wellness; internship and residency; medical residency; professional burnout; anxiety; psychological well-being; mental health; cognitive disorders; self-compassion; mindfulness; creative outlets; problematic mindsets; meditation


Adult and Continuing Education | Behavior and Behavior Mechanisms | Cognitive Psychology | Contemplative Education | Curriculum and Instruction | Educational Methods | Interpersonal and Small Group Communication | Psychological Phenomena and Processes



There is a trend toward fostering well-being, or the state of being happy and healthy, within the medical community. Historically, resident physicians have faced high rates of distress during training. A structured well-being curriculum in residency programs may shift residents' mindsets from survival and resilience to one centered on purpose, engagement, and joy.


An original well-being curriculum was administered to residents in person at a single institution every 5 weeks for approximately 10 well-being workshops, totaling around 20 hours of curriculum exposure during every academic year. The well-being curriculum was divided into 4 domains: cognitive distortions and problematic mindsets, mindfulness and meditation, creative outlets, and self-compassion.

Residents exposed to at least 1 year of the well-being curriculum were asked to answer an anonymous survey. Four questions were asked for each of the 4 domains. The first and second questions asked how familiar they were with the topic before and after the workshops on a scale of 1-5 of familiarity. The third and fourth questions asked how much the knowledge acquired influenced their professional and personal life on a scale of 1-5 of influence.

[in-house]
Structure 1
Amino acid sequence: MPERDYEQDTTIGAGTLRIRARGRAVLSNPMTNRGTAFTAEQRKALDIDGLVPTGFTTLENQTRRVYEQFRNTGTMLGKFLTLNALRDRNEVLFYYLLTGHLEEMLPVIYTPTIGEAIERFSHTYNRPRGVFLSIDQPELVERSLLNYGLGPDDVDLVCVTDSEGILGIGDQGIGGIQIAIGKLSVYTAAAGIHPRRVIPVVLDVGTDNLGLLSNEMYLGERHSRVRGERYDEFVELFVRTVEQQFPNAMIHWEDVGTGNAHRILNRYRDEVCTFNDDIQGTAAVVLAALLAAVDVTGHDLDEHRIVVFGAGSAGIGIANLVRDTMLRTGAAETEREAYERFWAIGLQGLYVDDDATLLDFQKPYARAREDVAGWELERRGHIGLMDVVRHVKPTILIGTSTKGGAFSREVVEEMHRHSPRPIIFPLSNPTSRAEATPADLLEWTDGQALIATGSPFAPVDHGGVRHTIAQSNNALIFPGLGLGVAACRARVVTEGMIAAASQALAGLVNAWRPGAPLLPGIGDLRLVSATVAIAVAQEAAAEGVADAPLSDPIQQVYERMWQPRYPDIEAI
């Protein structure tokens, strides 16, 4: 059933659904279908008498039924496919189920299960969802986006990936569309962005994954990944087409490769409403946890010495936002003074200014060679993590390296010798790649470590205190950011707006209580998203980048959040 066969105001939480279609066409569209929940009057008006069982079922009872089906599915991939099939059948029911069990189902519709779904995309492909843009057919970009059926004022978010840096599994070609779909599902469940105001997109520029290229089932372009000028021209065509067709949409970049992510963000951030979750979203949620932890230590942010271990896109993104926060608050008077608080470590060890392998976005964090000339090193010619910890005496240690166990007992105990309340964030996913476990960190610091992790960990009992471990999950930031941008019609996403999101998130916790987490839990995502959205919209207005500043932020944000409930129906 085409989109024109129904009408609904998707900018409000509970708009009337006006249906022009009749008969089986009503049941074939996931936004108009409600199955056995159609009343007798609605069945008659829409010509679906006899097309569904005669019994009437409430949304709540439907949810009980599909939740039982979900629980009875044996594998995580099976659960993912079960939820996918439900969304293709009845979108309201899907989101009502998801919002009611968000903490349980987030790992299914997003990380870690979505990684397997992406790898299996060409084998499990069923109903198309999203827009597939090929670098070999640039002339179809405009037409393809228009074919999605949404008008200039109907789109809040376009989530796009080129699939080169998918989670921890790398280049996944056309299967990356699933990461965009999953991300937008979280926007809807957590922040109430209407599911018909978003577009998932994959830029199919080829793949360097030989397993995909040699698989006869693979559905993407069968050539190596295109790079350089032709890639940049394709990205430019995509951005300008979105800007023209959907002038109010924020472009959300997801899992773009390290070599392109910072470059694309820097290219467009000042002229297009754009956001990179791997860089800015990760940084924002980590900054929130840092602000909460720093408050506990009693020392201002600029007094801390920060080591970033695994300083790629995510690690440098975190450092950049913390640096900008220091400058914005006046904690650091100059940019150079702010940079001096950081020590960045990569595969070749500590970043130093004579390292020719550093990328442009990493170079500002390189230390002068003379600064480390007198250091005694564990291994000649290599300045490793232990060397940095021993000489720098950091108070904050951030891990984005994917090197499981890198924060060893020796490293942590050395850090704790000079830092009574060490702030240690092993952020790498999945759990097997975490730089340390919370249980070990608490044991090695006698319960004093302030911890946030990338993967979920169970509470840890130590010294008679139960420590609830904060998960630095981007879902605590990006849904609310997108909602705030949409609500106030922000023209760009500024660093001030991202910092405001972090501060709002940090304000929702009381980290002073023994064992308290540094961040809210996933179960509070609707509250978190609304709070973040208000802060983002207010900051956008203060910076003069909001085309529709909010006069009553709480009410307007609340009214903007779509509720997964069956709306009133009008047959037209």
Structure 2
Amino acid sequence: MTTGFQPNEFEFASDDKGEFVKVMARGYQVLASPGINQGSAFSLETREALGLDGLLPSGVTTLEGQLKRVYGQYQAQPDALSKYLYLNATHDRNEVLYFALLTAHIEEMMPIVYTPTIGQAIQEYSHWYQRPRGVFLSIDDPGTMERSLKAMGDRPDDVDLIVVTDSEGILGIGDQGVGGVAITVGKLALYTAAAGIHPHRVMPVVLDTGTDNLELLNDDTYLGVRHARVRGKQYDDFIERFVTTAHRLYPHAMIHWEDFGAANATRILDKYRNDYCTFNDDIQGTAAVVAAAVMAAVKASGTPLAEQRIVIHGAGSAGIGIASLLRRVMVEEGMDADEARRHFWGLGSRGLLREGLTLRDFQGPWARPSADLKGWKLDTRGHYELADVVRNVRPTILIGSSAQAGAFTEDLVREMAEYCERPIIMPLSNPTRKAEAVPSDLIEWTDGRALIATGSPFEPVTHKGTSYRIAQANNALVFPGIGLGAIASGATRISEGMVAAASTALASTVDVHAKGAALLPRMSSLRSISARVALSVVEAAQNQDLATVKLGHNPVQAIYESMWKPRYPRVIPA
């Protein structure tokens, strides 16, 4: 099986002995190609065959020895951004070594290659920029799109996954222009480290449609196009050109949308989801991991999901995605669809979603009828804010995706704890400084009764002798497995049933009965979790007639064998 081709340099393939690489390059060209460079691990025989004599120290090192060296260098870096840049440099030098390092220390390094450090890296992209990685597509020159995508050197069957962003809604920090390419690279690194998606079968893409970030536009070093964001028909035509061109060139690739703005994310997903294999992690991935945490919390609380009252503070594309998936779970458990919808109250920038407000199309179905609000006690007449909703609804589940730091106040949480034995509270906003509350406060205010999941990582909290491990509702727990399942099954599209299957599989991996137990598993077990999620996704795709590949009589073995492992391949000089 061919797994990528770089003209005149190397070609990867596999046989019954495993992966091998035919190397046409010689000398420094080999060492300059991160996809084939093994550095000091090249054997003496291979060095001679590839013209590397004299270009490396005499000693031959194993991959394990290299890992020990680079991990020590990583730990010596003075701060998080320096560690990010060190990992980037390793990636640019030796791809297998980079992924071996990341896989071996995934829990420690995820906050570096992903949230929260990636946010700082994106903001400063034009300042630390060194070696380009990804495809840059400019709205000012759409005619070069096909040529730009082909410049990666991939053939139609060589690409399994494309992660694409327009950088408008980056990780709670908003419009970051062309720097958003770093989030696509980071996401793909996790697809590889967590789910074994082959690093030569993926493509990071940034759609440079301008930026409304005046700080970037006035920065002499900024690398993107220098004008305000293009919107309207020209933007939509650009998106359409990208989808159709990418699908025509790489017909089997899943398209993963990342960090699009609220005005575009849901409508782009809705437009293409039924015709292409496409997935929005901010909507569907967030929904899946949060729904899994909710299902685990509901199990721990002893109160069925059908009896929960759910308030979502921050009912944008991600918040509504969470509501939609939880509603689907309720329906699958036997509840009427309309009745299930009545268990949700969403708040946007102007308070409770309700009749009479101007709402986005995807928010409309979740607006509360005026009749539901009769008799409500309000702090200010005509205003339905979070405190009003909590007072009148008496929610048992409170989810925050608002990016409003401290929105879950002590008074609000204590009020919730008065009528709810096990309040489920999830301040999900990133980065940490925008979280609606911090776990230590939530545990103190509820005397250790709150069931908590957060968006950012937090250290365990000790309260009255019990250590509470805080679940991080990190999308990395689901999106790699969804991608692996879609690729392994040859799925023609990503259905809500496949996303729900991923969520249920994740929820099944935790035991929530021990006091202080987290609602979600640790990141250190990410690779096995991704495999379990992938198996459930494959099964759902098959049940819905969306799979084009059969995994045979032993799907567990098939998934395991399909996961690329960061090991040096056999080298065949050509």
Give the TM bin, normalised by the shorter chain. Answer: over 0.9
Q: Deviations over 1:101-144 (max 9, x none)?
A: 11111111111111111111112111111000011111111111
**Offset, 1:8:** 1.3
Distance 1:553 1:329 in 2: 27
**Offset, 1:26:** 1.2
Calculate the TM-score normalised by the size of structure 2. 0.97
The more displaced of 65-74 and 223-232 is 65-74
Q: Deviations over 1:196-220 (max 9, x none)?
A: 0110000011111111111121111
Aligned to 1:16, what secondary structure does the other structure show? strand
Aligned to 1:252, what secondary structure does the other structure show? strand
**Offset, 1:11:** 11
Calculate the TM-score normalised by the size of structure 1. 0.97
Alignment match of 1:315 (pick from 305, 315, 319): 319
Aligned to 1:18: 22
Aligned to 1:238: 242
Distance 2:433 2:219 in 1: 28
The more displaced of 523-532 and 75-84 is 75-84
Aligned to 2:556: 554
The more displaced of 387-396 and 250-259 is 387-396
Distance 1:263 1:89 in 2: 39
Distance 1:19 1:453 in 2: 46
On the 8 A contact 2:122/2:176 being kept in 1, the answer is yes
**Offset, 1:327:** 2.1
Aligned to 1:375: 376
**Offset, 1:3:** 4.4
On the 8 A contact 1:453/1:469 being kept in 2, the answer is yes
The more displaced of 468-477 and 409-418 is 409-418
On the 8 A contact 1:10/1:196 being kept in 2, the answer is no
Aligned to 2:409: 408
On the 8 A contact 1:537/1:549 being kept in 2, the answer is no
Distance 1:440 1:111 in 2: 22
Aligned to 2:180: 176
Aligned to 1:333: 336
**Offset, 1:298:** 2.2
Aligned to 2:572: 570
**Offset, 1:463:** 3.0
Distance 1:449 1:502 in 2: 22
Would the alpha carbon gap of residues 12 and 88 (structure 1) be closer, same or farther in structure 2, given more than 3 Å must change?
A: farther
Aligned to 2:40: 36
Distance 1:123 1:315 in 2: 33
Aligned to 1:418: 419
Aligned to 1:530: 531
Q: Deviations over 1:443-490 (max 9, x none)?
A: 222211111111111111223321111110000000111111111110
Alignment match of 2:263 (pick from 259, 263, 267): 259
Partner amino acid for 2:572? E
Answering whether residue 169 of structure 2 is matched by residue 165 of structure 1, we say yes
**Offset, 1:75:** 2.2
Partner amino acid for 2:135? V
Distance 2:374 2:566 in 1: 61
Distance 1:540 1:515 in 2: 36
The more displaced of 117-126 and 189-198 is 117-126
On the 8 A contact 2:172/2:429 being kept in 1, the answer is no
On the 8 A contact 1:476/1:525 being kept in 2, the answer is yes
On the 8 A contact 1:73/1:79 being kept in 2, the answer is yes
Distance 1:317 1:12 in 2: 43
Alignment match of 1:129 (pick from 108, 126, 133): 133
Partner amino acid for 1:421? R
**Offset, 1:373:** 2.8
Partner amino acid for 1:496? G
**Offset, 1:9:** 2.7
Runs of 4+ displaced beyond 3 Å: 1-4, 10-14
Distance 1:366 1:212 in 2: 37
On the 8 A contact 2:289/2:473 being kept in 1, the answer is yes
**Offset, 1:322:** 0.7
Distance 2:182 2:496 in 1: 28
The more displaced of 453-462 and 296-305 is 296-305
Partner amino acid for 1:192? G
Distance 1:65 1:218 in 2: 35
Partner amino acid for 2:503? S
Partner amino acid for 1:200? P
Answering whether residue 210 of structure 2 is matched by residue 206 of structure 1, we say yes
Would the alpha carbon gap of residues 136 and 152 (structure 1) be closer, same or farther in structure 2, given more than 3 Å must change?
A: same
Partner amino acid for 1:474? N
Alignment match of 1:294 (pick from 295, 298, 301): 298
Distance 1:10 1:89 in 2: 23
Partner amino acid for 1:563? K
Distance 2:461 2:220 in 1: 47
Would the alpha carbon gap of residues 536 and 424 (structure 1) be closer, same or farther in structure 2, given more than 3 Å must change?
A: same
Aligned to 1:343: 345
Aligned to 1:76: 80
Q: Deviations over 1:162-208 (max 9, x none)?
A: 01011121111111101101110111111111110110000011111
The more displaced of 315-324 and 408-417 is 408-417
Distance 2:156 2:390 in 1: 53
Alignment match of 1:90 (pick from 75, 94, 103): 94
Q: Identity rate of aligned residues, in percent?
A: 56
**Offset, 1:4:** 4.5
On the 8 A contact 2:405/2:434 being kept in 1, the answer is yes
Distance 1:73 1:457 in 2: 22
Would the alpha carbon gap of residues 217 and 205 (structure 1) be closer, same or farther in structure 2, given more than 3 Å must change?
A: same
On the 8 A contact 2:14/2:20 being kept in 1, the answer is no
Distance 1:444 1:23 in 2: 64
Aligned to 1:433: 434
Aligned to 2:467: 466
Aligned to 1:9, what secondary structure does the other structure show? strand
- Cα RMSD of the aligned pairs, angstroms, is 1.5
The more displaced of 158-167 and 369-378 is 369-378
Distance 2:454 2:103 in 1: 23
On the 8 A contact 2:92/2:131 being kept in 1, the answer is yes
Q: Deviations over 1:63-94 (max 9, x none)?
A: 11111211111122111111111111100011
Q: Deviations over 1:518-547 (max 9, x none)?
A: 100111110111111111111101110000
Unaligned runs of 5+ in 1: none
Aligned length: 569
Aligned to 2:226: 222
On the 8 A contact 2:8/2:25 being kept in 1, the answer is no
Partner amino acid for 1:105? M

Before curriculum exposure, the average for moderate or higher levels of knowledge across all domains was 22.7%, which improved to 77.3% after curriculum completion. Overall, 58.6% of participants felt the knowledge of the domains was moderately or extremely influential in their professional lives and 83.6% in their personal lives. There were no significant differences between post-graduate year 2 and post-graduate year 3 residents for any domains examined before and after the wellness workshops.


A 4-domain well-being curriculum practiced in a group setting positively impacted participating residents in their personal and professional lives. Further studies need to be performed on a larger scale to assess if the curriculum fits the needs of the broader medical community.